Moral Dilemmas

Moral dilemma is not quite the words I want. Perhaps overheard cell phone conversations dilemmas is more apt (but a much longer title).

I try NOT to listen to the halves of the often loud cell phone  conversations going on around me. Despite the publicness of the discussion, it is still a “private” matter between two people on a phone. Just like I don’t try to hear conversations swirling around me even with all the discussionists present.

Sometimes it’s hard not to. The conversationalists’ voices are loud, the topic interesting, a game can be made of one sided cell phone conversations: what is the other person saying/responding.

Today, on the train ride home, there was a young woman sitting at the end of the sideways bench closest to the door. She was obviously upset; she was sniffling and trying to hold back a sob.

After a couple of phone calls, she sighed and “dialed” another number. After a preamble, she said “Don’t tell anyone, but I’m pregnant. I just found out. I don’t know what I’m going to do. I can’t handle this. I just want to kill myself.” I don’t know the response (perhaps she was leaving a message?), but what I thought was her listening to the other person, was actually silence as the call had ended.

I felt like I should slide down the bench and say something. But everything I thought of would sound weird or trite coming from a stranger who had been eavesdropping. I hadn’t intended to listen – her tearful, distressed voice caught my ear.

As I stood by the door, waiting for the train to stop at my station, she was looking down, fiddling and fidgeting with stuff in her purse. I mentally sent her good thoughts that things would be okay. Trite thoughts I know. She hadn’t asked for my help; perhaps I should have given it anyway.


10 thoughts on “Moral Dilemmas

  1. sunshine and chaos March 13, 2014 / 12:49 pm

    It’s so hard, right at that moment, because you don’t know how the person would react. They are in public, with other people around them and when talking about something very emotional and personal, they don’t realize that the conversation can be heard. And there might not be anything a stranger can say or do that would help at that moment.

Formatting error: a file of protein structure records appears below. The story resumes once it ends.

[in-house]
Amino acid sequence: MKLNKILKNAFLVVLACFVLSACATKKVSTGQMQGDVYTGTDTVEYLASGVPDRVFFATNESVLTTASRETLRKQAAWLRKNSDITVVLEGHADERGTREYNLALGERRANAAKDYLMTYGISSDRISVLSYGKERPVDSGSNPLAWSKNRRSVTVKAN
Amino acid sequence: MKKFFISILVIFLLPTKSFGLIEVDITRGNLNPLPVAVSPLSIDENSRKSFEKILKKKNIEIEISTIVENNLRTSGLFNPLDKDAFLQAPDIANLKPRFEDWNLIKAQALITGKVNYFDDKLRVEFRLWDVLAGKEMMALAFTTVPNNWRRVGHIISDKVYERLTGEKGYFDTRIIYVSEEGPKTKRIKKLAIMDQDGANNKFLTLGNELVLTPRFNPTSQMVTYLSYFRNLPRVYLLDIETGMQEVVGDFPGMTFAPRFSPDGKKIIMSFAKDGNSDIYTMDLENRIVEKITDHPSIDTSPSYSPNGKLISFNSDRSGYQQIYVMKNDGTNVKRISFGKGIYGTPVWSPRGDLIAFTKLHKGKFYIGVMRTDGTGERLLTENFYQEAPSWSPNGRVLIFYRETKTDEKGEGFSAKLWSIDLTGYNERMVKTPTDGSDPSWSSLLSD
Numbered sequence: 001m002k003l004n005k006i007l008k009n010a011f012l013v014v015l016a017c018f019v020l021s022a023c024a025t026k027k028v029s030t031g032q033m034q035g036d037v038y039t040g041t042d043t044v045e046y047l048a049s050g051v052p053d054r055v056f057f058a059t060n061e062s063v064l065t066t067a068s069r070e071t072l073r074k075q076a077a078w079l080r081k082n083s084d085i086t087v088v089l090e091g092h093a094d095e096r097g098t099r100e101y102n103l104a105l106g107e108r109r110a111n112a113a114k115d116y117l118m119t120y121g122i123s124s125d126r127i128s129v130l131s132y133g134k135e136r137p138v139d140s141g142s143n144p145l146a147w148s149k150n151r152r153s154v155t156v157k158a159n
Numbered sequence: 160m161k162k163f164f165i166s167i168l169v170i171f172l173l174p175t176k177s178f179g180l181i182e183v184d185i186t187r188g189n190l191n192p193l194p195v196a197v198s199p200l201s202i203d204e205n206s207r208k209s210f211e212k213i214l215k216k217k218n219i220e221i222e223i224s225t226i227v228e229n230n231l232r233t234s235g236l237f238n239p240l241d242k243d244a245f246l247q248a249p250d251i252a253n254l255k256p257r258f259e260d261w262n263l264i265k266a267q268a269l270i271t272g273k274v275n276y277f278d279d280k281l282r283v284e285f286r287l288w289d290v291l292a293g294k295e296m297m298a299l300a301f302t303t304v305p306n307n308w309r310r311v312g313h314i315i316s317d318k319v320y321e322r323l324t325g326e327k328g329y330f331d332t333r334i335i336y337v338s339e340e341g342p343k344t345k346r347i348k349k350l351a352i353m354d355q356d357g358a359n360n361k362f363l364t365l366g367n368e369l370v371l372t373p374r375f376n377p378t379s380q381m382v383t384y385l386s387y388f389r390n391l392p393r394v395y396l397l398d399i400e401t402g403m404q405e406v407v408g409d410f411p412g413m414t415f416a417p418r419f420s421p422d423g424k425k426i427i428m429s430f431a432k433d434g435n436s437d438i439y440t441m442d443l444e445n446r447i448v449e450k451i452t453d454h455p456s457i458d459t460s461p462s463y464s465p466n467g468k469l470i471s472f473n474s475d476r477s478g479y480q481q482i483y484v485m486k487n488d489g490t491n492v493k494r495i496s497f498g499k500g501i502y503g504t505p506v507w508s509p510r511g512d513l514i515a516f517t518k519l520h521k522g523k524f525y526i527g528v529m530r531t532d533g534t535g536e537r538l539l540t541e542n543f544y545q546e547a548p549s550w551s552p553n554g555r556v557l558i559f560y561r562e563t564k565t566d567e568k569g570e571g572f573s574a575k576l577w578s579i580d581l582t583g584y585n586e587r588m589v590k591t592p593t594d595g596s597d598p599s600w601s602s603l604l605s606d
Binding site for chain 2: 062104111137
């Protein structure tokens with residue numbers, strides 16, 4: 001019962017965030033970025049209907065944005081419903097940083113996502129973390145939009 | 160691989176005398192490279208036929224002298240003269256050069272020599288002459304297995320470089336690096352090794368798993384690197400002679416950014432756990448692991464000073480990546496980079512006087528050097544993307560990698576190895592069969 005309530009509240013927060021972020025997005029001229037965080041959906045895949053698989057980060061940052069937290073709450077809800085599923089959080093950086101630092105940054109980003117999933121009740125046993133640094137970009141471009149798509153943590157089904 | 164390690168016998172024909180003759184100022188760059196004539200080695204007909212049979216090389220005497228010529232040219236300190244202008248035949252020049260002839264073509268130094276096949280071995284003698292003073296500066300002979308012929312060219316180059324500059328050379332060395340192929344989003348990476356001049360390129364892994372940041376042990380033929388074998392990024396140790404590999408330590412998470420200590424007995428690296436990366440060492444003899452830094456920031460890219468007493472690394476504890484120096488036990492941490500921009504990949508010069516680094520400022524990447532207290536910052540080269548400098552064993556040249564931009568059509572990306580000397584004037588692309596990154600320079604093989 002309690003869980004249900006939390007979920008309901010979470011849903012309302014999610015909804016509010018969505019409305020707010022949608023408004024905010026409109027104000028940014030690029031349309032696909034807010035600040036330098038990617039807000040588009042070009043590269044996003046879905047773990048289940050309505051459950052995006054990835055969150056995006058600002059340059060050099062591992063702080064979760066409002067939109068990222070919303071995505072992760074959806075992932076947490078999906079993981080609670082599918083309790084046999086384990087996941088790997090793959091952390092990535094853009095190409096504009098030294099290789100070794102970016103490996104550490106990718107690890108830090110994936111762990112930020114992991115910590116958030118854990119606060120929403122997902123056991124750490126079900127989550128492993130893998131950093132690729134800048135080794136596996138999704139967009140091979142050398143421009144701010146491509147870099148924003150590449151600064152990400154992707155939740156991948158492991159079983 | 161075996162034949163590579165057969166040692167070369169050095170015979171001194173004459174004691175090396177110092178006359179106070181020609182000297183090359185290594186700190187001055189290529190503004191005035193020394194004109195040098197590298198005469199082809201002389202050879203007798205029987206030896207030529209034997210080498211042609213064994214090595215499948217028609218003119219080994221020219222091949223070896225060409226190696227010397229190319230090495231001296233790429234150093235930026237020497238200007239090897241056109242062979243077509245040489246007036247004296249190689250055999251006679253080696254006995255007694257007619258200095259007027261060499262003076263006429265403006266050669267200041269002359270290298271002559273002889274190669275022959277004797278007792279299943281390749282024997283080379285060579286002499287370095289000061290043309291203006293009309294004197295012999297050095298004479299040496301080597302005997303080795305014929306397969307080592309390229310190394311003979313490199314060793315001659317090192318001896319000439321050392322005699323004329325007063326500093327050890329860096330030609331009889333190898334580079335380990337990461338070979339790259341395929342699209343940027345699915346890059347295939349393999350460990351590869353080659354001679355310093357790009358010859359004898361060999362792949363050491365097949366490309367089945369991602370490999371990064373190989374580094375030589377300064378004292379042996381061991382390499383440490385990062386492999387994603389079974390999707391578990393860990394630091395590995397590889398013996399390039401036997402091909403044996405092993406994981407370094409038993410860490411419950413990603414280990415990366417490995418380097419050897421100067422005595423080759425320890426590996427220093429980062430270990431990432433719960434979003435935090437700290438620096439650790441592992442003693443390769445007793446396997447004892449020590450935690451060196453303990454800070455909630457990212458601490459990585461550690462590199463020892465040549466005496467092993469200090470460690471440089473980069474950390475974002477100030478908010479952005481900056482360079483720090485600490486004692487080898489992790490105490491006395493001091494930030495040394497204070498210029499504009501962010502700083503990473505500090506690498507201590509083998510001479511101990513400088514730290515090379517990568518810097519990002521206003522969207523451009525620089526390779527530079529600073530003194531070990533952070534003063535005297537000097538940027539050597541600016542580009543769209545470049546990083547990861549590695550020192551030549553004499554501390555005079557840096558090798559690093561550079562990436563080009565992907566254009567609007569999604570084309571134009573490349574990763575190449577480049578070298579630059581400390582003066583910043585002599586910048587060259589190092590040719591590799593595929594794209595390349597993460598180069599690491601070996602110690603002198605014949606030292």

I know I would feel like I’m intruding but maybe if I had a tissue or napkin on me, I’d go over and offer it to her. Say “I’m sorry, don’t mean to intrude but I can see you’re upset, would you like a tissue?”. Or “I can see your upset, is there anything you need help with right now?”. You don’t have to say you heard her side of the conversation, she would probably realize you heard if you’re sitting close enough to her. But sometimes a little act of kindness can mean a lot to someone who would probably feel very exposed at that moment.

    Never an easy situation because, thinking along the lines like Mindlovemisery, I think we’ve conditioned ourselves to look away most of the time, have headphones in our ears or put our heads down and ignore what’s happening for fear of being hurt, rebuffed, etc.

    Sending good thoughts to her as well.


    • phylor March 13, 2014 / 2:32 pm

      I agree we are conditioned not to respond, and with conversations now readily heard, it makes the situation more complicated. I find myself more often in those situations were a conversation is unintentionally overheard.
      The idea of a Kleenex is a good one; if they refuse it or look at you strangely, then you know you’re intruding. If they take the offer, perhaps then you can say something like “I hope things work out for you,” or “sorry to see that you are upset.”
      I need to recondition/uncondition myself to the fear of helping.


  2. March 13, 2014 / 11:32 am